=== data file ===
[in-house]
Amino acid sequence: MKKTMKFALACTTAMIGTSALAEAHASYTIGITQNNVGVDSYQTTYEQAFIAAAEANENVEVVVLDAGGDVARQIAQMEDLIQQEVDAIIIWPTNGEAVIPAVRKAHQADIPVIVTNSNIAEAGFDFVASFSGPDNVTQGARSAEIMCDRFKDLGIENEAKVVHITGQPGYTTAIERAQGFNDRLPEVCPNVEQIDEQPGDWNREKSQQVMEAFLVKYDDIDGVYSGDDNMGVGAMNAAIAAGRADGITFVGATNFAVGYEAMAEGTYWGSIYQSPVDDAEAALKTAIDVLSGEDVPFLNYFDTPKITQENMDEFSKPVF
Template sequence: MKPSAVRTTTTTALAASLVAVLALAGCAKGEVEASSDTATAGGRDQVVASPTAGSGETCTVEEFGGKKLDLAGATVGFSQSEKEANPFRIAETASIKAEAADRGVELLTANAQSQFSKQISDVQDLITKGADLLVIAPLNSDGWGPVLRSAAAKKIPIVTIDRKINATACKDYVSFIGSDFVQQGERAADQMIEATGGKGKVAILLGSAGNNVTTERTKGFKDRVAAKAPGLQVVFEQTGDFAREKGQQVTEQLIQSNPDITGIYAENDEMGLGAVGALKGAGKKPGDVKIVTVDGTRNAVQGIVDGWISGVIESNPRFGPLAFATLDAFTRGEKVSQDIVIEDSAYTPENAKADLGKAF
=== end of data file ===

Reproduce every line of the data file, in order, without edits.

[in-house]
Amino acid sequence: MKKTMKFALACTTAMIGTSALAEAHASYTIGITQNNVGVDSYQTTYEQAFIAAAEANENVEVVVLDAGGDVARQIAQMEDLIQQEVDAIIIWPTNGEAVIPAVRKAHQADIPVIVTNSNIAEAGFDFVASFSGPDNVTQGARSAEIMCDRFKDLGIENEAKVVHITGQPGYTTAIERAQGFNDRLPEVCPNVEQIDEQPGDWNREKSQQVMEAFLVKYDDIDGVYSGDDNMGVGAMNAAIAAGRADGITFVGATNFAVGYEAMAEGTYWGSIYQSPVDDAEAALKTAIDVLSGEDVPFLNYFDTPKITQENMDEFSKPVF
Template sequence: MKPSAVRTTTTTALAASLVAVLALAGCAKGEVEASSDTATAGGRDQVVASPTAGSGETCTVEEFGGKKLDLAGATVGFSQSEKEANPFRIAETASIKAEAADRGVELLTANAQSQFSKQISDVQDLITKGADLLVIAPLNSDGWGPVLRSAAAKKIPIVTIDRKINATACKDYVSFIGSDFVQQGERAADQMIEATGGKGKVAILLGSAGNNVTTERTKGFKDRVAAKAPGLQVVFEQTGDFAREKGQQVTEQLIQSNPDITGIYAENDEMGLGAVGALKGAGKKPGDVKIVTVDGTRNAVQGIVDGWISGVIESNPRFGPLAFATLDAFTRGEKVSQDIVIEDSAYTPENAKADLGKAF